County secretary claims she was subjected to debasing pornography

By Steve Gonzalez | Jan 24, 2008

A county board secretary for Madison County filed a motion in federal court asking the county to admit that she reported seeing former county administrator James K. Monday watching pornography during business hours on a computer belonging to the county.

Robin Beem filed the motion Jan. 15, in connection with a sexual harassment and discrimination complaint she filed against the county alleging she was exposed to a hostile work environment.

Represented by Lee Barron of Alton, Beem also wants the county to admit that Monday was watching pornography on a Madison County computer and that no effort was made to examine the computer used by Monday prior to March 27, 2006, the day Monday abruptly resigned following a 20-year career.

Her suit was filed Sept. 26, 2007.

Beem alleges that she was subjected to an unwelcome sexually harassing environment and was required to work in an environment that was objectively and subjectively hostile to her because she was a woman.

She alleges that on more than one occasion she reported "pervasive, ongoing and continuous sexual harassment and frequent exposure to extreme, graphic and debasing pornography" to high ranking county officials who had the authority to resolve her complaint but they failed to take any effective remedial measures.

Beem wants the county to admit that if Monday's computer had been searched in 2005 or during the first two months of 2006, pornography would have been found on that computer. She alleges the pornography included explicit photographic images of fully naked men and women engaging in sexual intercourse and included explicit photographic and video images of fully nude men and/or women engaging in homosexual activity.

Beem further wants the county to admit that Monday's computer had contained video and/or images of teenagers, or individuals represented to be teenagers, and sadistic photographic and video images of women. She claims that more than five hours of pornographic video was found and more than two thousand pornographic images were found.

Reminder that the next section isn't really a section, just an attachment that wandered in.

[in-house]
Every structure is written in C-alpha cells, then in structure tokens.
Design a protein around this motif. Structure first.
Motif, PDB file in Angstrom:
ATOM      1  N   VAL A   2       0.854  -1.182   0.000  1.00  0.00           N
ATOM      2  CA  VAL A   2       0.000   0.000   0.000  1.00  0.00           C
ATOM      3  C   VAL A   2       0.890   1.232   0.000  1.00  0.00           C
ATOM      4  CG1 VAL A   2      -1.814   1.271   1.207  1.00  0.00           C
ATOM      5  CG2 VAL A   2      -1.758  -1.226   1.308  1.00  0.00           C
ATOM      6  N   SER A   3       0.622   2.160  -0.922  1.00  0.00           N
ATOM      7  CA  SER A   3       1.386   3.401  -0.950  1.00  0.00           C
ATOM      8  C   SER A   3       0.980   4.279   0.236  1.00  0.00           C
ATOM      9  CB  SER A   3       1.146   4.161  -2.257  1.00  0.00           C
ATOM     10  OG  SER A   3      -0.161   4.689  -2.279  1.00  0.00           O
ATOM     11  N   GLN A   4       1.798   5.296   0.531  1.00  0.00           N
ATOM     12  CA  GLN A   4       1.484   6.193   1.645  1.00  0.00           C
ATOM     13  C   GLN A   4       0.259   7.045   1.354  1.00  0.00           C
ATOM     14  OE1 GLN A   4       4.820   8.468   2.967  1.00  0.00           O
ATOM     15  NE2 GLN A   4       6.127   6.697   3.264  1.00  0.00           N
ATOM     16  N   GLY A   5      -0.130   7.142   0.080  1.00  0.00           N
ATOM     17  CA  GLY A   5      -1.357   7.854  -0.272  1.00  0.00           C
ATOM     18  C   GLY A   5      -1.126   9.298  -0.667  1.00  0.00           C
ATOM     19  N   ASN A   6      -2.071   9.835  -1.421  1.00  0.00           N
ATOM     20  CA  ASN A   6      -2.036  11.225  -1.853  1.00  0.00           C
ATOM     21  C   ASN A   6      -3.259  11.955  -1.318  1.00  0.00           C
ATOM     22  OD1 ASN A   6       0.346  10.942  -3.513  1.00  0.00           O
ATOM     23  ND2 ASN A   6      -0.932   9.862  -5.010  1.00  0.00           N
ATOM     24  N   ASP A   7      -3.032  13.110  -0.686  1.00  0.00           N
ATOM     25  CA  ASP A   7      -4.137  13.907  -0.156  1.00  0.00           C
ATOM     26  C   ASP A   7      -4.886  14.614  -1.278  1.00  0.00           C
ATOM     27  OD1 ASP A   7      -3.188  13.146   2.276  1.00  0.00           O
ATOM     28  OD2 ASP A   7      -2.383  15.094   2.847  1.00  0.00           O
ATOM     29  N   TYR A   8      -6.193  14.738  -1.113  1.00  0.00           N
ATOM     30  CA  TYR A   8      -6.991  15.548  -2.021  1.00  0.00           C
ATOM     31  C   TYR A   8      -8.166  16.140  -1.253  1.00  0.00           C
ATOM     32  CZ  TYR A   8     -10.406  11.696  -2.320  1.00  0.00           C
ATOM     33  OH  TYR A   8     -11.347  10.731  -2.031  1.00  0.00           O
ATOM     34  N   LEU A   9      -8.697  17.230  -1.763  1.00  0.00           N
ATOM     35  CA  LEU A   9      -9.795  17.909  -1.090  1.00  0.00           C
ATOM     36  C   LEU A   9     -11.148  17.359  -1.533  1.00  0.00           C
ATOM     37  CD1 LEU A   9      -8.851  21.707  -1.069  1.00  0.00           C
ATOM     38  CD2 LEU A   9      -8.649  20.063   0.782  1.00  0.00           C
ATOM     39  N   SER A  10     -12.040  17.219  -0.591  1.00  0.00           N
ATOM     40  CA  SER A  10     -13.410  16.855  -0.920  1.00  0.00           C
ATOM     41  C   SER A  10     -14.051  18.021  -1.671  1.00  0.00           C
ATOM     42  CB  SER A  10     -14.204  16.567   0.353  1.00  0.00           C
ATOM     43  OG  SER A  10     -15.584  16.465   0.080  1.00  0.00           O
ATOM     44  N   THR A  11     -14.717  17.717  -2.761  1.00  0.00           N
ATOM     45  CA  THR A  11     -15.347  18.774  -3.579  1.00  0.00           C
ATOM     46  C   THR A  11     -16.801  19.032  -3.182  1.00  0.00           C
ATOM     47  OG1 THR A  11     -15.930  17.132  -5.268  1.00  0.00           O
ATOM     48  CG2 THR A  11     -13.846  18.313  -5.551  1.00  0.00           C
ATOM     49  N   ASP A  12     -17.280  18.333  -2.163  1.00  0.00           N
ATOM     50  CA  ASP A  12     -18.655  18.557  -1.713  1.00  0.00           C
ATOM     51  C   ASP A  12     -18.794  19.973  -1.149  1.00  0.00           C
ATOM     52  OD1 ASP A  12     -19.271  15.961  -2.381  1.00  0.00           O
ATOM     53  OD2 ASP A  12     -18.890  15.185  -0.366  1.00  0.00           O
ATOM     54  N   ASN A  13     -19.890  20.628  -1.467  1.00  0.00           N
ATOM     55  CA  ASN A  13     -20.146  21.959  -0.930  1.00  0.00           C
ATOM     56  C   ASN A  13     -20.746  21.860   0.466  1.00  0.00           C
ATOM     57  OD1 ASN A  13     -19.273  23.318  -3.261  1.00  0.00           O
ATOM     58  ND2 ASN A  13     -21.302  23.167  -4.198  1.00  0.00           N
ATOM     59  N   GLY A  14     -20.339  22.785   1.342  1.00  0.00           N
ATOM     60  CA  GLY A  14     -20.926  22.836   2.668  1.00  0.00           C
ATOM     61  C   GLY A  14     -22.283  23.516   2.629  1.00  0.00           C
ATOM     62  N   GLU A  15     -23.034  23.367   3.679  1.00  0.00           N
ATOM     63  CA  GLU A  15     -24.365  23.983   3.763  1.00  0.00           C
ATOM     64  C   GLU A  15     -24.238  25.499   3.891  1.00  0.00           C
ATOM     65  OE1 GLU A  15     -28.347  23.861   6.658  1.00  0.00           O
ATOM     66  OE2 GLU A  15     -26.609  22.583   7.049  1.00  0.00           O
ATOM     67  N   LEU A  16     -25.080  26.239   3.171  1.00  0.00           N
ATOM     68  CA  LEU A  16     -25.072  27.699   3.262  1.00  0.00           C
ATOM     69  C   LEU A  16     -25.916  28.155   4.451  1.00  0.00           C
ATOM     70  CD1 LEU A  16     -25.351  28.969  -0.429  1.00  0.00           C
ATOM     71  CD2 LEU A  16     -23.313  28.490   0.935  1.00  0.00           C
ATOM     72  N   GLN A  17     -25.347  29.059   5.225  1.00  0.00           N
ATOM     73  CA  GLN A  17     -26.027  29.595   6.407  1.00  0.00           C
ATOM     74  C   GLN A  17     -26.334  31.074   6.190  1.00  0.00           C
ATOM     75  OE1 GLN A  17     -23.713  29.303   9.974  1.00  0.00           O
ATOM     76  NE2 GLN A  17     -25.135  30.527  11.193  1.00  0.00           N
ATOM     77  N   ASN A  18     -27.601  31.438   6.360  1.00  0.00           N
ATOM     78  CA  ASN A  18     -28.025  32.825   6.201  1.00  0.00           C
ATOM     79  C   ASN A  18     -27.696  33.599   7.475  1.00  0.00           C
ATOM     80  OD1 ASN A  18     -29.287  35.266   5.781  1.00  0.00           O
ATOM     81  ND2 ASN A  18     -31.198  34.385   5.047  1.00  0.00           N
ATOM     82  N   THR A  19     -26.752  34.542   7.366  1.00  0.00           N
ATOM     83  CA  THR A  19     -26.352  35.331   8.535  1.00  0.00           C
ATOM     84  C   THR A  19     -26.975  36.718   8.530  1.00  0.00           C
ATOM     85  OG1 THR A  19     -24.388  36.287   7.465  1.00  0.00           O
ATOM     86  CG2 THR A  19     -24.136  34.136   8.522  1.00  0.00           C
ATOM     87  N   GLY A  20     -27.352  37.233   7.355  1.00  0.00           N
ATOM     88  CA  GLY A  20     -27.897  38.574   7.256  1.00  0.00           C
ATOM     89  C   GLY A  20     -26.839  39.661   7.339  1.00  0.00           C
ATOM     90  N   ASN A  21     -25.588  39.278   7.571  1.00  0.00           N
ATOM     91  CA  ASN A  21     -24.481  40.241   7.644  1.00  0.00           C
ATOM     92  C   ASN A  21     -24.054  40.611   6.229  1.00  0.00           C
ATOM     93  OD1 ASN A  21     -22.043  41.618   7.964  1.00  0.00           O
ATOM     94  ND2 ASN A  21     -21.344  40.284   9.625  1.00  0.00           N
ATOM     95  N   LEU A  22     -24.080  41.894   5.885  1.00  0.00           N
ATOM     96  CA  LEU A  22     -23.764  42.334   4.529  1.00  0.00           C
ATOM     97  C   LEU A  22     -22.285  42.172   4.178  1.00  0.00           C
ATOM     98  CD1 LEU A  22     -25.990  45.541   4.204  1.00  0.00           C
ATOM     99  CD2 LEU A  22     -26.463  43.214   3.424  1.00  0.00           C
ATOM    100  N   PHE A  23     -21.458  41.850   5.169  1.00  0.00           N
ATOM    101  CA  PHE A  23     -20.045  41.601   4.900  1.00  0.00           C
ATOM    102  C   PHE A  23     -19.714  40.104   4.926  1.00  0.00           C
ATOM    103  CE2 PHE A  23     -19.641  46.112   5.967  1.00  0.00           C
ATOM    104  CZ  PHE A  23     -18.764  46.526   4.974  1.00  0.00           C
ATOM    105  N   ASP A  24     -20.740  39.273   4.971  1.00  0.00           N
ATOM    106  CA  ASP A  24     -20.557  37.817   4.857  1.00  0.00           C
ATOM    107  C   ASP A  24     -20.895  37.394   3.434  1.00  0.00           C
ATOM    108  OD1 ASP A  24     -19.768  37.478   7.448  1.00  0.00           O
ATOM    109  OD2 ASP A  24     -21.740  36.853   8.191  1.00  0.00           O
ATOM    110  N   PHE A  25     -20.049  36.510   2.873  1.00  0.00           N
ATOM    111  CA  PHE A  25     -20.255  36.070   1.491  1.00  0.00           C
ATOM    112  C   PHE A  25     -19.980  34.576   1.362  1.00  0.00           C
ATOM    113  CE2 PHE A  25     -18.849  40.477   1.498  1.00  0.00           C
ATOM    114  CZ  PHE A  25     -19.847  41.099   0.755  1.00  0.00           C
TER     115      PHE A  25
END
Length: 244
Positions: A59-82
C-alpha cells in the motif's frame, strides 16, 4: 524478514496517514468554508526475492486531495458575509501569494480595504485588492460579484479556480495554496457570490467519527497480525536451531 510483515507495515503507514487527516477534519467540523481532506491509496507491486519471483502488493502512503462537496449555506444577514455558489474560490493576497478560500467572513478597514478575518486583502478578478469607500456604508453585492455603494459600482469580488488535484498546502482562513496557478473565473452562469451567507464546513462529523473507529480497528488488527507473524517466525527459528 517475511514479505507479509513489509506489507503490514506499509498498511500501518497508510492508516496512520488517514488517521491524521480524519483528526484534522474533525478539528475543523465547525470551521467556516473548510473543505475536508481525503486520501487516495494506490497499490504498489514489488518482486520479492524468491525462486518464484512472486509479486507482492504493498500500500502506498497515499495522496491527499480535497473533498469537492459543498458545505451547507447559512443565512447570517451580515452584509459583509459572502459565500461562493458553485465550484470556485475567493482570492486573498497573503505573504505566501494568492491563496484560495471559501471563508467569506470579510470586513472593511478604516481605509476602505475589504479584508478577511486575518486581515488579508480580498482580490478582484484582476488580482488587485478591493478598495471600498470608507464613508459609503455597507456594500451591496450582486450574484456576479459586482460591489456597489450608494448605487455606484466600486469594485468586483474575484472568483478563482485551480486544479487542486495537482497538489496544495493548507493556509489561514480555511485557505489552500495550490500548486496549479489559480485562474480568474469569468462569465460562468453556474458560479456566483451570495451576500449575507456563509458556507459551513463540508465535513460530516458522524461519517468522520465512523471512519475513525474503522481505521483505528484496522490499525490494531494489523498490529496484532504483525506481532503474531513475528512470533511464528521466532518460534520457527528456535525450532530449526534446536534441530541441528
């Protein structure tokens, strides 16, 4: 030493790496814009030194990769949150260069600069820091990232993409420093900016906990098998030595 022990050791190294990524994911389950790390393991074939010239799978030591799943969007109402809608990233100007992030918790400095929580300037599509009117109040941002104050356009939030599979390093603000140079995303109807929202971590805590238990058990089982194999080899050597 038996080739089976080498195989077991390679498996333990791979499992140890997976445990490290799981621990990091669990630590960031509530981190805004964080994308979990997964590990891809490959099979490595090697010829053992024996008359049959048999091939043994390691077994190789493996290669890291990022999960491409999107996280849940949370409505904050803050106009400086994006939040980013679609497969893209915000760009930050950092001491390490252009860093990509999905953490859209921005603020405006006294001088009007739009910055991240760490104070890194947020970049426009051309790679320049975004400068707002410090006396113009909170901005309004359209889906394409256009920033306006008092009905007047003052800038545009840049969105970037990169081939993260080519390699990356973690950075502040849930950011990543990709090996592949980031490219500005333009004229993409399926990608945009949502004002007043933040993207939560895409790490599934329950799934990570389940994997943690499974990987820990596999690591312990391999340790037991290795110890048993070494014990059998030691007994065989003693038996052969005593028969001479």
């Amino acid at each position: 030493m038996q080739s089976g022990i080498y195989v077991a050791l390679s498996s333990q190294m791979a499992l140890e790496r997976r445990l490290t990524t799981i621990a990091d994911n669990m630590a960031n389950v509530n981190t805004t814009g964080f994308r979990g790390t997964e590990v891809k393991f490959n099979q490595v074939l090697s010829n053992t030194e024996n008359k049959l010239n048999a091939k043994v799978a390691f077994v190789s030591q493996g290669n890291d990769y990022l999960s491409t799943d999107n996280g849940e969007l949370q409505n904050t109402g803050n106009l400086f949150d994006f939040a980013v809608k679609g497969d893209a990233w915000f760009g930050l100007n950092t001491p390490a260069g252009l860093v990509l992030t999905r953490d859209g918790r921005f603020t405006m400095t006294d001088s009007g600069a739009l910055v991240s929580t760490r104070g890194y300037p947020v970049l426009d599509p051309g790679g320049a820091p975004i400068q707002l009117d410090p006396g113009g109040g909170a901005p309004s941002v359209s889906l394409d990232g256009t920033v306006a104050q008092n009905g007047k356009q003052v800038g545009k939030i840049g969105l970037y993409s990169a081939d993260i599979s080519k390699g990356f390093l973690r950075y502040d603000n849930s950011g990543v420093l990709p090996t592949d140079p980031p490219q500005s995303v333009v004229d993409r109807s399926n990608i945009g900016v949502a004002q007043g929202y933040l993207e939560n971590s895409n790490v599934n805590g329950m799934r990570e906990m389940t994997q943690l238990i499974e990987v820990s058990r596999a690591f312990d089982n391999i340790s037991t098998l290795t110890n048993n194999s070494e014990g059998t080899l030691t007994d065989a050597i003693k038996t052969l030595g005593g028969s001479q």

At the time of Monday's departure Madison County Sheriff Robert Hertz confirmed that a computer was taken from the administration building, but declined to say if it belonged to Monday.

Hertz said he would not comment on an internal matter because sometimes internal matters can turn into criminal matters.

Monday began his career with Madison County in 1976. The late Nellie Hagnauer, longtime county board chairman, named Monday director of administration in 1985.

Joseph D. Parente was appointed by Dunstan to replace Monday.

Beem also wants the county to admit that after she reported seeing pornography on Monday's computer, that no investigation was conducted.

She wants the county to admit that another secretary also reported seeing pornography on Monday's computer.

Beem further wants the county to admit that other county employees were aware of the pornography on Monday's computer because she often needed to sit in their offices to avoid seeing the pornography on Monday's computer.

According to Beem, while Monday's office door was opened, he had his computer screen positioned so that Beem could see it from her desk while she was seated.

Beem claims she experienced embarrassment, humiliation and severe emotional distress as a result of the sexual harassment and pervasive hostile work environment she was required to work in.

She is seeking a judgment for compensatory and punitive damages.

The county denies any wrongdoing and claims Beem may have failed to exhaust her administrative remedies with regard to some or all of the claims and that her claims may be barred by the applicable statute of limitations.

The county also claims Beem may have failed to mitigate her alleged damages, may have failed to take reasonable action to avoid damages, and may not be entitled to some or all of the relief that she demands because she may have exacerbated her damages by her conduct.

The county claims that it exercised reasonable care to prevent a hostile working environment and that Beem failed to act with like reasonable care to take advantage of safeguards to prevent harm that could have been avoided.

The county is seeking a judgment in its favor and wants an award of attorneys' fees and costs of the suit.

Madison County is represented by Larry Bauer and John Phillips of St. Louis.

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